There are stories that report paranormal activity at Black Star Canyon. Some report strange smells, others report constant temperature changes. There are reports of Bigfoot sightings, strange things in the sky, and unnerving sounds.
Some say that an 1831 conflict between trappers and Native Americans resulted in many deaths that may be the cause of hauntings to this day. According to legend, Native American horse thieves were terrorizing local ranchers. The ranchers, led by William Wolfskill, tracked them down and murdered them around their campfire. Some sources site that there is no evidence to support the claims of this event, so it may just be urban legend to perpetuate the stories of hauntings here.
Here are a few other stories and sites that may be the cause of the mysterious hauntings of Black Star Canyon.
The Miner: Some people report sighting an apparition known as the Miner, thought to be a miner that died while working at the Black Star Mining Company.
Hidden Ranch: An area known as Hidden Ranch within Black Star Canyon was owned by Henry Hungerford and George Howard. In 1899, A dispute over unpaid debt between Hungerford, Howard, and a man named James Gregg resulted in Hungerford fatally shooting Gregg. Hungerford was not convicted of the murder due to lack of evidence.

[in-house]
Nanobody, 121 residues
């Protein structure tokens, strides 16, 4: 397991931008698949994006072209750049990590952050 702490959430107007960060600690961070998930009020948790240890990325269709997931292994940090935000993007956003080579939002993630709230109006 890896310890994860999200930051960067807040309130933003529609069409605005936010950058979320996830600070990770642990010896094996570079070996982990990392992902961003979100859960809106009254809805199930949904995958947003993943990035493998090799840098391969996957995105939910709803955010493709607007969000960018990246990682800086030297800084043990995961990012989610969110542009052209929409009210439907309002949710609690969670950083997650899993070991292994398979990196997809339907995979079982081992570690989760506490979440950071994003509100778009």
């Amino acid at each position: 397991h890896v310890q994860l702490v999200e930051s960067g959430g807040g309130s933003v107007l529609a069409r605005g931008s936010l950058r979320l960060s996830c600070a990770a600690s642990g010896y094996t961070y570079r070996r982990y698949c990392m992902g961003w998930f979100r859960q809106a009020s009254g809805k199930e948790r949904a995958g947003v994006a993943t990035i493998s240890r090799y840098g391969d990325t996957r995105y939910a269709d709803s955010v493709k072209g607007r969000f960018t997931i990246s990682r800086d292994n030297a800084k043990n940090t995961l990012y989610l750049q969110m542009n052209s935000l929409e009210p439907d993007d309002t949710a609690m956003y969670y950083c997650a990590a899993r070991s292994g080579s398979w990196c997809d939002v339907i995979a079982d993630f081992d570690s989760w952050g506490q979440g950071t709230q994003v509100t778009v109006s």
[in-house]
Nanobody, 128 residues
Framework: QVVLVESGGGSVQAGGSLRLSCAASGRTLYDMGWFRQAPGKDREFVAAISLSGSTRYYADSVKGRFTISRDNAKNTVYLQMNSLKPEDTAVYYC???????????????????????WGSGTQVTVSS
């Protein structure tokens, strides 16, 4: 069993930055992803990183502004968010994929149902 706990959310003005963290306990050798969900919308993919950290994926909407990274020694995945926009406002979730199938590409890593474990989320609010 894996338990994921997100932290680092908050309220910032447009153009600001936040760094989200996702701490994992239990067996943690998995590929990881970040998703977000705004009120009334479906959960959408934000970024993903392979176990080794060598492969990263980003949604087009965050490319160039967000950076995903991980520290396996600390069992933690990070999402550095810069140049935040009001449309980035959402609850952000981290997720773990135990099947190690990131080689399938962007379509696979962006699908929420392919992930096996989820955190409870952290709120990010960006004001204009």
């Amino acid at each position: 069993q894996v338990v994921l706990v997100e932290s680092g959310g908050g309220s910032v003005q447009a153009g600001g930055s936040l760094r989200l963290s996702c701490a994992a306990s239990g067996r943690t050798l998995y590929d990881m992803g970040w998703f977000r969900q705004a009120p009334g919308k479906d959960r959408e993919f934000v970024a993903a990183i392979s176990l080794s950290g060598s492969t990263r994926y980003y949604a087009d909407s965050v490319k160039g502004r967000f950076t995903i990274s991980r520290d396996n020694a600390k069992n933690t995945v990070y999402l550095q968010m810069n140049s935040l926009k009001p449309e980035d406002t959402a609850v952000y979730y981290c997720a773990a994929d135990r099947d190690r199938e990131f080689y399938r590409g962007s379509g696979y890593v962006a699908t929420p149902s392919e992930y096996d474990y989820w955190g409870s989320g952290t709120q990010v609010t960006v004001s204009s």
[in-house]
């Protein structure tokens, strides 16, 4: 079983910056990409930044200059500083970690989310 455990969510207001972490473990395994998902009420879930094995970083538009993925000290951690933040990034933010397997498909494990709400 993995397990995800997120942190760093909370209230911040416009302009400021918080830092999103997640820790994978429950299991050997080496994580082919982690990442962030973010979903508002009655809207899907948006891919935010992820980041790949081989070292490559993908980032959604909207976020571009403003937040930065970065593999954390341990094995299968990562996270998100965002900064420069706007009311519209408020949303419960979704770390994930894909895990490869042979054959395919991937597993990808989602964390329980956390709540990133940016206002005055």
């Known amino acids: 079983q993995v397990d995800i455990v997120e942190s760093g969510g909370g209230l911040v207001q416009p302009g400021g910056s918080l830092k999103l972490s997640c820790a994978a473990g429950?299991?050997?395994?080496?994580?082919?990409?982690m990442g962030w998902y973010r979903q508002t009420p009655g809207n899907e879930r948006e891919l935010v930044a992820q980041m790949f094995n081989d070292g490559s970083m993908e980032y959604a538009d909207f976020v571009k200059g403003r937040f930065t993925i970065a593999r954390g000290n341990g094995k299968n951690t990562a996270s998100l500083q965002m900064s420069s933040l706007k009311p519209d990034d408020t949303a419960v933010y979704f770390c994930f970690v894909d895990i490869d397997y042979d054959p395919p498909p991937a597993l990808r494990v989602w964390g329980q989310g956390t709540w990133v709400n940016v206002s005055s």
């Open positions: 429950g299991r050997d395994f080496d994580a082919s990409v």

La Llorona: An ancient Mexican legend says that a woman murdered her two children by drowning them in Black Star Creek then committed suicide, and wanders the canyon in a white dress searching for her children. Some say they can hear her wailing in the night.
School Bus Tragedy: In 1970, a school bus that traveled through the area on its normal route crashed and tumbled into Black Star Canyon killing most of the people on board, including the children. The bus remained in the canyon until 2012. There have been reports of apparitions near the area of the bus crash site.